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Thứ Tư, 19 tháng 2, 2014

MRElastography for Liver Diseae

Clinical Applications of Magnetic Resonance Elastography Growing

By Rob Goodier
 February 12, 2014
NEW YORK (Reuters Health) - Physicians have used Magnetic Resonance Elastography (MRE) to evaluate liver disease for the past five years, but a lengthening list of other applications for the imaging technology are coming on line, researchers say.
"I believe that the most likely application to be adopted next in clinical practice will be to use MRE to evaluate brain tumors preoperatively," Dr. Richard Ehman, a radiologist at Mayo Clinic and president and CEO of Resoundant Inc. in Rochester, Minnesota, told Reuters Health by email.
"Our preliminary experience is that MRE provides a reliable preoperative assessment of meningioma stiffness, which is extremely valuable information for surgical planning," Dr. Ehman said.
Dr. Ehman presented data from his work with MRE on February 4 at the American Society of Mechanical Engineering's third annual conference on Nanoengineering for Medicine and Biology in San Francisco, California.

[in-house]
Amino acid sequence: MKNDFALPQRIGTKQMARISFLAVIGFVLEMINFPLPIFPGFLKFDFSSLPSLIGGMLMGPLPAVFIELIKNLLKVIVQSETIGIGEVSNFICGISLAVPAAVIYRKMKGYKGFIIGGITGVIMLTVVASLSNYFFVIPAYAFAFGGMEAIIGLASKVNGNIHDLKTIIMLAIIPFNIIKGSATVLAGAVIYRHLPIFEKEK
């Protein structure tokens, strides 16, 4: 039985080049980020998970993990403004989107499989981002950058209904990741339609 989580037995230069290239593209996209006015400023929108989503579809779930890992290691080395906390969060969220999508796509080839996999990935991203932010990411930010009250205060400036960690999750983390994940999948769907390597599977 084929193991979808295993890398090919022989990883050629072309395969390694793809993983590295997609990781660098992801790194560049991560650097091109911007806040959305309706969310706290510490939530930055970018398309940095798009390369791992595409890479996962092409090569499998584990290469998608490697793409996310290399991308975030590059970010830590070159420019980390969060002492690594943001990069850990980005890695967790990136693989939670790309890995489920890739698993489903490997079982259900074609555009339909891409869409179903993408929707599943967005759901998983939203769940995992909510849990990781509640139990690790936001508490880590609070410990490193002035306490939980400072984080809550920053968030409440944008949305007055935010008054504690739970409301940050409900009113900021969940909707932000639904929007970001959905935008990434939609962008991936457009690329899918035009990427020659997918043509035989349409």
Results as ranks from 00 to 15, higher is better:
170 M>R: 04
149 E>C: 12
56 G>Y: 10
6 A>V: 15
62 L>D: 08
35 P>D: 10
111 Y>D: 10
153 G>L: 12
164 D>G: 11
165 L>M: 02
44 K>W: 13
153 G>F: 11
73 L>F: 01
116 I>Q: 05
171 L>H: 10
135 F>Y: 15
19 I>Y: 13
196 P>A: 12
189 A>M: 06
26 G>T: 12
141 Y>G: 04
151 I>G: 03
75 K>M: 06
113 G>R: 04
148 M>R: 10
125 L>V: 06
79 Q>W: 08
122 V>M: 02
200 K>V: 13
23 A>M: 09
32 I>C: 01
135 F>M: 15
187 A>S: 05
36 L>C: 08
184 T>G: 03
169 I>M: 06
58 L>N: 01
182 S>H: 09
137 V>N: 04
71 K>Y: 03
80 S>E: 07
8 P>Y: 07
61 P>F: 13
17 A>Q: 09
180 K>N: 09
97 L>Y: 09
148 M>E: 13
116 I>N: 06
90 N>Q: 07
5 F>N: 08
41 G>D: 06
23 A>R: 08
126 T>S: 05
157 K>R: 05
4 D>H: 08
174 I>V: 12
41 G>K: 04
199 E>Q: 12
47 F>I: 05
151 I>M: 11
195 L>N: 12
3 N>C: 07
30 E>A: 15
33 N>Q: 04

Based on MR imaging, MRE gathers data from acoustic shear waves as they pass through and interact with the body. The result is maps showing the mechanical characteristics of the tissue - properties such as stiffness, viscosity, and anisotropy - or how its properties change from different angles.
Data from 4000 patients suggest that MRE is at least as accurate as liver biopsy for diagnosis of liver fibrosis, and it may be safer, more comfortable, and less expensive, Dr. Ehman wrote in conference materials.
Other applications under study include preoperative brain tumor analysis, analysis of the skeletal muscle, heart, and lungs, and diagnosis of breast and prostate cancer.
The findings are "very exceptional," said Dr. Jerry Lee, health sciences director at the U.S. National Cancer Institute, who attended the conference but is not involved in MRE research.
"I think it is a real life demonstration of how mechanical engineering theories are being applied to human disease right now," Dr. Lee told Reuters Health.

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